Tom Hardy and Shia LaBeouf co-starred together in John Hillcoat’s 2012 crime drama “Lawless,” and the films rocky production left Hardy with a respect and appreciation for his co-star, whose life and career has been more tumultuous in recent years. On the set of “Lawless,” where the actors were playing bootleggers during the Prohibition era, LaBeouf drank moonshine by the gallon to get into character.
The actor confirmed in a revealing Esquire profile that an on-set altercation between himself and Hardy one day led to a drunken LaBeouf punching Hardy and knocking him out. The story has long been a rumor about the “Lawless” production. Hellcoat confirmed in a 2016 Reddit AMA that there was in fact a fight between the two actors that resulted in both men having to be restrained.
Fortunately, Hardy holds no hard feelings towards LaBeouf. In fact, Hardy understands the tormenting acting process more than most and respects the kind of trouble and pain LaBeouf endures in order to perfect the art of playing his characters. Other famous LaBeouf stories include dropping acid on the set of “Charlie Countryman,” which resulted in the actor punching director Fredrik Bond, and shaving down his tooth for David Ayer’s “Fury” so that he could know what it feels like to be smacked in the face from a the recoil of a gun.
Speaking to Esquire, Hardy pointed out the demanding paradox central to LaBeouf’s process: “A performer is asked to do two things: To be disciplined and accountable, communicative and a pleasure to work with. And then, within a split second, they’re asked to be a psychopath. Authentically. It takes a very strong human being to sustain a genuine sense of well-being through that baptism of fire. Drama is not known to attract stable types.”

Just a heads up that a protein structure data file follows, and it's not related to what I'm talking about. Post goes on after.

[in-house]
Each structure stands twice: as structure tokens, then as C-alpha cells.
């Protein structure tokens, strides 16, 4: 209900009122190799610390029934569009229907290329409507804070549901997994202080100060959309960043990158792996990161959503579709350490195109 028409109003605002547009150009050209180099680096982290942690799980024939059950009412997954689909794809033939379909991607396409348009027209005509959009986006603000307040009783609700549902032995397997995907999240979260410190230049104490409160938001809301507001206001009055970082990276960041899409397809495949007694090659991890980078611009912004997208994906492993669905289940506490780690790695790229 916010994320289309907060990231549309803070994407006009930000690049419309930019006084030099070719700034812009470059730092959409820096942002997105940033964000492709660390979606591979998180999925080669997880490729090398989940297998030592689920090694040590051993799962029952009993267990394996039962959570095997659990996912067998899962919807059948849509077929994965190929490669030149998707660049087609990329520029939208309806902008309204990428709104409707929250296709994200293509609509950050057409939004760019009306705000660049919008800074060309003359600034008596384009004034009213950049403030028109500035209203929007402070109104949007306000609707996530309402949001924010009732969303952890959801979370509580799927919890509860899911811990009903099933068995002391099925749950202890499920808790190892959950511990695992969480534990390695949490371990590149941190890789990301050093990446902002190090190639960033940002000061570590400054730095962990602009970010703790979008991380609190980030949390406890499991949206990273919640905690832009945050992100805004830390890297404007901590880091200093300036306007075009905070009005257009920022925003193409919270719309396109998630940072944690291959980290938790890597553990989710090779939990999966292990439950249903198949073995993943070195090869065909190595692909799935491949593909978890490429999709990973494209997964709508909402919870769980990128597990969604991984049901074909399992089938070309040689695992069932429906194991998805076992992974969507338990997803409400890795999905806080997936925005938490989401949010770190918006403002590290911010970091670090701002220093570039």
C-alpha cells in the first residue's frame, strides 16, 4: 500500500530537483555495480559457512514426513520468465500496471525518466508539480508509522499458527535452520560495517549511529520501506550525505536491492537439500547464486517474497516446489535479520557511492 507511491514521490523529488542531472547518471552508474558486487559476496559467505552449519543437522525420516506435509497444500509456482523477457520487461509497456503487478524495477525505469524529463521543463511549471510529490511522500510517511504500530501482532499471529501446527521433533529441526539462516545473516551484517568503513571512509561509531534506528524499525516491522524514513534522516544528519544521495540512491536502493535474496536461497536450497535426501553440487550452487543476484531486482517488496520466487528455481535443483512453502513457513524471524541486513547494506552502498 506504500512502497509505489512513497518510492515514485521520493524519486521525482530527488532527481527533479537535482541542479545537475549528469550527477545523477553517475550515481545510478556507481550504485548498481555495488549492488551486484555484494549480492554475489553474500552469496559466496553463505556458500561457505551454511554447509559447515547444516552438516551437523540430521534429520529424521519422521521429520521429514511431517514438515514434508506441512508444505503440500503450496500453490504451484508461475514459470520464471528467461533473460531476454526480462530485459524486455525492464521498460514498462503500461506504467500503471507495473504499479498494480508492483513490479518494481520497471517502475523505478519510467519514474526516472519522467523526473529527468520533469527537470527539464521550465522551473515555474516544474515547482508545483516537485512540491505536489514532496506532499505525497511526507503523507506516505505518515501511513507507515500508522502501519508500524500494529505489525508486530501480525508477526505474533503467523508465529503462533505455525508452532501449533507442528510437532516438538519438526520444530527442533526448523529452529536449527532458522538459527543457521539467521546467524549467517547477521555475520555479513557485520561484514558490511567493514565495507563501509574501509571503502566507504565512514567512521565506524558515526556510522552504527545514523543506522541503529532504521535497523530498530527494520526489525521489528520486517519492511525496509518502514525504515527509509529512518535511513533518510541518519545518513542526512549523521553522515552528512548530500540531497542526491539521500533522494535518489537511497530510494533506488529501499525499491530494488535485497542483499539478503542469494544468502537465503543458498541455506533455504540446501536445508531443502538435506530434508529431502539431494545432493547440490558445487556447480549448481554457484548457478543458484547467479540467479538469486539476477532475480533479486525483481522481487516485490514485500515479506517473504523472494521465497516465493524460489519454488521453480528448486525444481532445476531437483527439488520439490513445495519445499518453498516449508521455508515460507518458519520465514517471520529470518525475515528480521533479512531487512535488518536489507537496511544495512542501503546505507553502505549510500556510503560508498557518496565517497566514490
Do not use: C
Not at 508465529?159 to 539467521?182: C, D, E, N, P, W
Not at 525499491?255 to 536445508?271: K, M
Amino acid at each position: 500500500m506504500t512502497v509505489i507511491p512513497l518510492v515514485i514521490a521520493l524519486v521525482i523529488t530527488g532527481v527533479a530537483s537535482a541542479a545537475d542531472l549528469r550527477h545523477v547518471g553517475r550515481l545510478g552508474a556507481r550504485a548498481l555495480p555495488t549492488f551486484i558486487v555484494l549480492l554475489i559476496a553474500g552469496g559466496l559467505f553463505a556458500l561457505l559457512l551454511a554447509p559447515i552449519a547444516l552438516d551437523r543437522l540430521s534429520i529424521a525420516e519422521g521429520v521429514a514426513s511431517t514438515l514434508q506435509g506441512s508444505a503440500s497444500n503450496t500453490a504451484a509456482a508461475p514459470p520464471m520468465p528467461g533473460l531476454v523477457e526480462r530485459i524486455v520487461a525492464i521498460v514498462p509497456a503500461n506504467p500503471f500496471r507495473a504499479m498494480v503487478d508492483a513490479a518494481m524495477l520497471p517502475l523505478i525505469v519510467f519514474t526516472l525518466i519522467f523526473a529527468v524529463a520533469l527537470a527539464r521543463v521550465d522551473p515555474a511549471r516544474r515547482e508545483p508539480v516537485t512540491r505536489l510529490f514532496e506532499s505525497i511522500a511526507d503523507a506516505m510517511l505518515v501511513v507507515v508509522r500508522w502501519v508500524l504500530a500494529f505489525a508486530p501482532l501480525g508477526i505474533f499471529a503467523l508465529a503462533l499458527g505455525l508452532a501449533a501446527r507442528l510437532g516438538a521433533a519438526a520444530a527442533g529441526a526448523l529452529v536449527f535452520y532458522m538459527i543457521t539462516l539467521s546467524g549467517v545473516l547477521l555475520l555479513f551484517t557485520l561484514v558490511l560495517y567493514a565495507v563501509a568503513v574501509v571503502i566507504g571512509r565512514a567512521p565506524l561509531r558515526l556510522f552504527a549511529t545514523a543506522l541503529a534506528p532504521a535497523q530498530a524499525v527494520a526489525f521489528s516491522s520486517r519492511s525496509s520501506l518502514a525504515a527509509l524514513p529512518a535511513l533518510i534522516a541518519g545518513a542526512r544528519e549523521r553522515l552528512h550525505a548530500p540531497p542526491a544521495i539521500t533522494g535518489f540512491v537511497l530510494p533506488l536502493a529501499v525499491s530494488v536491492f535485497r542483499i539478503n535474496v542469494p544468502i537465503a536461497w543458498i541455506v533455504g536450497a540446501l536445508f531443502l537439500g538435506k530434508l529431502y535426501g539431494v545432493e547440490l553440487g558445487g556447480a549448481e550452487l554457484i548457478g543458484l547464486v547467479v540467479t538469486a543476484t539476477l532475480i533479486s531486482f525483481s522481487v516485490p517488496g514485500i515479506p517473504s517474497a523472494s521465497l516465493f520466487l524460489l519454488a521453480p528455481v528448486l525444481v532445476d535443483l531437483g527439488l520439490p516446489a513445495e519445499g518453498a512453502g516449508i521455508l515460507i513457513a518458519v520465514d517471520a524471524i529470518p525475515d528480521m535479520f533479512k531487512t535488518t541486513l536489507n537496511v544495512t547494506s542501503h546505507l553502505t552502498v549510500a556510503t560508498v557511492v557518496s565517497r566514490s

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LaBeouf spoke to Esquire about how his role in Michael Bay’s “Transformers” franchise set him up for a career that directly went against his artistic ambitions, but Hardy enjoys the robot-driven blockbusters and even thinks they show off one of LaBeouf’s greatest assets as a performer.
“Shia has the ability to land scene after scene that builds a reality from utter fantasy,” Hardy said. “We know the robots aren’t really there. They just aren’t. When I watch Shia, they are.”
Hardy and LaBeouf currently don’t have plans to reunite on the big screen. LaBeouf stars as tennis player John McEnroe in the Neon-backed “Born vs. McEnroe,” in theaters April 13. Hardy, meanwhile, returns to the big screen this fall with tentpole “Venom.” The comic book film opens nationwide October 5.